The high rate of churn observed as fundraisers move far too frequently from one job to the next remains a big problem. It is remarkable when you think that some individuals might spend 20 years or more in fundraising and end up working for more than 10 different organisations in fundraising roles. Unfortunately, I don’t see this changing anytime soon because there are various problems at both ends of this process. People deciding to move on from dysfunctional circumstances is one thing, however, it is not overly difficult in some fundraising roles to get a new job because there is a shortage. The barriers to moving between jobs are low in many cases – so people who can brush up a CV and interview well can often move again and again and again, with everybody involved experiencing the same pointless cycle over again. Sometimes the problem is the fundraiser, sometimes the problem is the organisation looking to hire a new fundraiser.
Developing a shared understanding on good fundraising practice with organisational leadership is just one part of the equation. Another is our personal conduct as fundraisers and in my view there are some things that we need to take on personally to lift the tone, such as:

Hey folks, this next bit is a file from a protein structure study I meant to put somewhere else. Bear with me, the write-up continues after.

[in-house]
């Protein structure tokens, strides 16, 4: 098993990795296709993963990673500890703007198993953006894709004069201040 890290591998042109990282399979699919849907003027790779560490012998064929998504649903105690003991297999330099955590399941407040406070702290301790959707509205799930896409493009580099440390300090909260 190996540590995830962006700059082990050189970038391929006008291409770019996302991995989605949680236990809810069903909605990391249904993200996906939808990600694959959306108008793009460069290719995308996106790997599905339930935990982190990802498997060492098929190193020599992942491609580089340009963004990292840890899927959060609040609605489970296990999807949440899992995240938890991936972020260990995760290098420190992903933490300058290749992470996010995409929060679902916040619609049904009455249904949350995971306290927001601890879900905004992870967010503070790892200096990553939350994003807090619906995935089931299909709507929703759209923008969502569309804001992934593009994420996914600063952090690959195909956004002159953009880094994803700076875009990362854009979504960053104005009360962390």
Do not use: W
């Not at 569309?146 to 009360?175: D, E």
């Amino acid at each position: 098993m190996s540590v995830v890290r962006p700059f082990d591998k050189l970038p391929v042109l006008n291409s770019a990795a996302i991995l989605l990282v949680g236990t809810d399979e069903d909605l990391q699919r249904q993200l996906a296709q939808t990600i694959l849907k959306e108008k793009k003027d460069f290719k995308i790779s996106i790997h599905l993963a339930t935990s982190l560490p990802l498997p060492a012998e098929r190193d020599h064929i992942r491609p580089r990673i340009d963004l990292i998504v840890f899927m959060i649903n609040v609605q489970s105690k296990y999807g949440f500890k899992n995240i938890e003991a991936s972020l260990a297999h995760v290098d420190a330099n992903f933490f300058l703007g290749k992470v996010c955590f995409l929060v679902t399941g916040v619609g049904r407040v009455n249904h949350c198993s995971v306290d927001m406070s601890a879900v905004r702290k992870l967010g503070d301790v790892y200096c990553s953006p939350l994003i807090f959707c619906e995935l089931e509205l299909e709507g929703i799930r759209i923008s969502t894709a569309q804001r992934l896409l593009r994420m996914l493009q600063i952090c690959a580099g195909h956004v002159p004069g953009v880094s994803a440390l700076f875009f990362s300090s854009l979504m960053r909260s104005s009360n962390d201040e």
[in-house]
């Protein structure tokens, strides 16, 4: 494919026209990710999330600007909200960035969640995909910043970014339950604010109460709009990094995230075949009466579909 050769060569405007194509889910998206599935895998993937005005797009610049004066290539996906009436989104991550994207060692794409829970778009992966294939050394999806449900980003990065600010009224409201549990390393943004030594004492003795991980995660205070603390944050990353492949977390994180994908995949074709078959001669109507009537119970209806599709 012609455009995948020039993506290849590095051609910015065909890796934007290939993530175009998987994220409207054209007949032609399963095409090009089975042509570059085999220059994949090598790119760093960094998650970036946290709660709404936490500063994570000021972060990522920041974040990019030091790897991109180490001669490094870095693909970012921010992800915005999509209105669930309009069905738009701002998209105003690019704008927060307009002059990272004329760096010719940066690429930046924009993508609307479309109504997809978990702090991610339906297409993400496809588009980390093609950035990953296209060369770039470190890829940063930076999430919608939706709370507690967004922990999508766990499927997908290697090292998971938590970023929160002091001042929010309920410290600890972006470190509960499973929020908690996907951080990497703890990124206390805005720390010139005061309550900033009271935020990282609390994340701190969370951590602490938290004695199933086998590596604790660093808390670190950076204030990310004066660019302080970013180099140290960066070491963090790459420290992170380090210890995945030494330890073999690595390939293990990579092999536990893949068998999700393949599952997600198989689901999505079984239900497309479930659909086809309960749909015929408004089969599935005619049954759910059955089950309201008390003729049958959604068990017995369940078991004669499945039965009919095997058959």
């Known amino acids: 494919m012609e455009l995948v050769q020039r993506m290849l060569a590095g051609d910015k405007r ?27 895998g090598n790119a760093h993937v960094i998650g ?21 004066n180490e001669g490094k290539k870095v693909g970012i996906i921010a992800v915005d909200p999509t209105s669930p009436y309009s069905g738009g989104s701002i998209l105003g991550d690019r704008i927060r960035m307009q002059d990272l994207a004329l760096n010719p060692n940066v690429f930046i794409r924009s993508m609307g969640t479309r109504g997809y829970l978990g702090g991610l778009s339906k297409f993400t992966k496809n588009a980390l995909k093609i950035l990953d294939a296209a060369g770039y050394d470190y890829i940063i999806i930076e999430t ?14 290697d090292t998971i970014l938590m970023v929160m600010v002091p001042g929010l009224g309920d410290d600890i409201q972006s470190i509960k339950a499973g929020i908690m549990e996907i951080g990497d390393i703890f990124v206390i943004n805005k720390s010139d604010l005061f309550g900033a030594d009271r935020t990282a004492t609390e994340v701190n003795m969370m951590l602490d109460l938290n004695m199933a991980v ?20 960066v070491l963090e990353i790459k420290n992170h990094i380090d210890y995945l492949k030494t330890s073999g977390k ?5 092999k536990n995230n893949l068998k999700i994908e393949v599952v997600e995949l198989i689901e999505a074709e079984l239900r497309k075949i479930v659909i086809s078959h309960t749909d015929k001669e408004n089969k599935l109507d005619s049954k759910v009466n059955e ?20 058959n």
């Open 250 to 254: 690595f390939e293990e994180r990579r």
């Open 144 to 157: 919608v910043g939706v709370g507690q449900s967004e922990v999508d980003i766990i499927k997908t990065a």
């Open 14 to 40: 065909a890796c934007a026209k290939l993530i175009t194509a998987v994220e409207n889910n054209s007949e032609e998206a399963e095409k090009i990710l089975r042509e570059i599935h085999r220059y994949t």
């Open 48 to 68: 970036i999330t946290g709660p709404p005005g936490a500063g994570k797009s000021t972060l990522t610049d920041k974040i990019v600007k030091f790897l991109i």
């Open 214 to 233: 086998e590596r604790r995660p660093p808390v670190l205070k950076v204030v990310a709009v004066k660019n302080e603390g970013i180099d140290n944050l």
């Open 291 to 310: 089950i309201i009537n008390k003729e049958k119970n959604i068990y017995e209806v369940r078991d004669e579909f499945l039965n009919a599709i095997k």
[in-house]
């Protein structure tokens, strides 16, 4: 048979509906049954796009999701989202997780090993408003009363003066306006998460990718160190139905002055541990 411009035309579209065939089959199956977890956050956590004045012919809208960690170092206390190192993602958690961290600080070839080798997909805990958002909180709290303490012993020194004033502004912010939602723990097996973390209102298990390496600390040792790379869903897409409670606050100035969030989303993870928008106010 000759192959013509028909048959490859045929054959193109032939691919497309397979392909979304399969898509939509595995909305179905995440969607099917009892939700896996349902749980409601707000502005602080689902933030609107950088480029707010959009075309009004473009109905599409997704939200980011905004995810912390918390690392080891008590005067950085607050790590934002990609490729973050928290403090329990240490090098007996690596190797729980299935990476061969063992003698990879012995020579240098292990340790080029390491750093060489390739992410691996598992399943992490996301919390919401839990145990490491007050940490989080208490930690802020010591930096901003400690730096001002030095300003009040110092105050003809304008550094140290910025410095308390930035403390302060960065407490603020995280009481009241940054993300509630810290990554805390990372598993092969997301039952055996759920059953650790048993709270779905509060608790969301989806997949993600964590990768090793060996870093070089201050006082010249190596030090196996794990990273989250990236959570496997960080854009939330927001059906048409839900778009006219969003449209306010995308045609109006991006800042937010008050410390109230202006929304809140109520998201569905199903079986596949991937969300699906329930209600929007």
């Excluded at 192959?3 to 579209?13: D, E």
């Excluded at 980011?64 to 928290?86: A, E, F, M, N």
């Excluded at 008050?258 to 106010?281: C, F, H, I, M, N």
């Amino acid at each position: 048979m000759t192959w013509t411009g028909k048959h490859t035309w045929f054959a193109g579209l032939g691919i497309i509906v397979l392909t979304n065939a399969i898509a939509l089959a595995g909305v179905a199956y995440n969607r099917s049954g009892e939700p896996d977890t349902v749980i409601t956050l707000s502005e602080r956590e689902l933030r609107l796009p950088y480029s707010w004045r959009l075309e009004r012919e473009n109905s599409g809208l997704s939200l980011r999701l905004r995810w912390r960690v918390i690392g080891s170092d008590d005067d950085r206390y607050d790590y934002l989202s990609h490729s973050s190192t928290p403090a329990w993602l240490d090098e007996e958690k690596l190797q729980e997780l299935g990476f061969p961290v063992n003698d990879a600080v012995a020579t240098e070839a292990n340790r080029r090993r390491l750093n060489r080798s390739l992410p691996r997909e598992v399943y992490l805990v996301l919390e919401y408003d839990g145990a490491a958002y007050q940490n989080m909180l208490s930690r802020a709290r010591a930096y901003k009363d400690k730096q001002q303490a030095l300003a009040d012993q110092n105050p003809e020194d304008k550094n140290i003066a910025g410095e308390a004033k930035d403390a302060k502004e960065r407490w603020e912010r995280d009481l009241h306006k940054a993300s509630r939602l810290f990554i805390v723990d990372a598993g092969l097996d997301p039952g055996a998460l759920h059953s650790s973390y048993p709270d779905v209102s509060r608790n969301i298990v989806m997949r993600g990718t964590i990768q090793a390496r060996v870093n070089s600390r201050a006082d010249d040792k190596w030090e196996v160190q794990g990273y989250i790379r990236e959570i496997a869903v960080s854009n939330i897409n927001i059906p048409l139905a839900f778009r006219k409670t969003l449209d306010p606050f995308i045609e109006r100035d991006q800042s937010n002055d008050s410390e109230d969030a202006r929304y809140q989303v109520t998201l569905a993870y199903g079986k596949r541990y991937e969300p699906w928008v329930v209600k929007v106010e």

The way we talk about what we do. The words we use matter more than we realise at times. When we refer to donors or prospects as ‘targets’ we are not putting our best foot forward. It is a terrible word to use in that context when you stop and think about it. Using it in this way should be banned. Make that a policy at your organisation stating today.
Secondly, when someone asks you – how did you get into fundraising, we need to make sure that we do not say, “Well it was by accident really…” I can understand that some of us have used this response to be modest or nobly play ourselves down a bit … but let me reassure you that is doesn’t help us with other professionals who we work with or who could be our donors! Can you imagine what is going through the mind of a highly qualified surgeon, barrister, corporate leader and so on who has worked and studied for years to get to the top of their profession when they hear that from someone like us who could be involved in raising millions of dollars in some cases. We may as well say “I practice voodoo and sprinkle fairy dust and the magic just happens after that”!
Thirdly, when we talk about fundraising results we are going to have to find more assertive ways to also talk about the costs. The spin doctoring of results that happens from time to time has to stop and full transparency must be the standard. We need to prepare more thoughtful answers about costs and push back when asked the loaded question that implies that all fundraising shouldn’t cost a cent. We all need to better inform ourselves with information about the true cost of fundraising and the simple truth that different types of fundraising activities have different costs (or different returns on investment if I was to frame it more positively).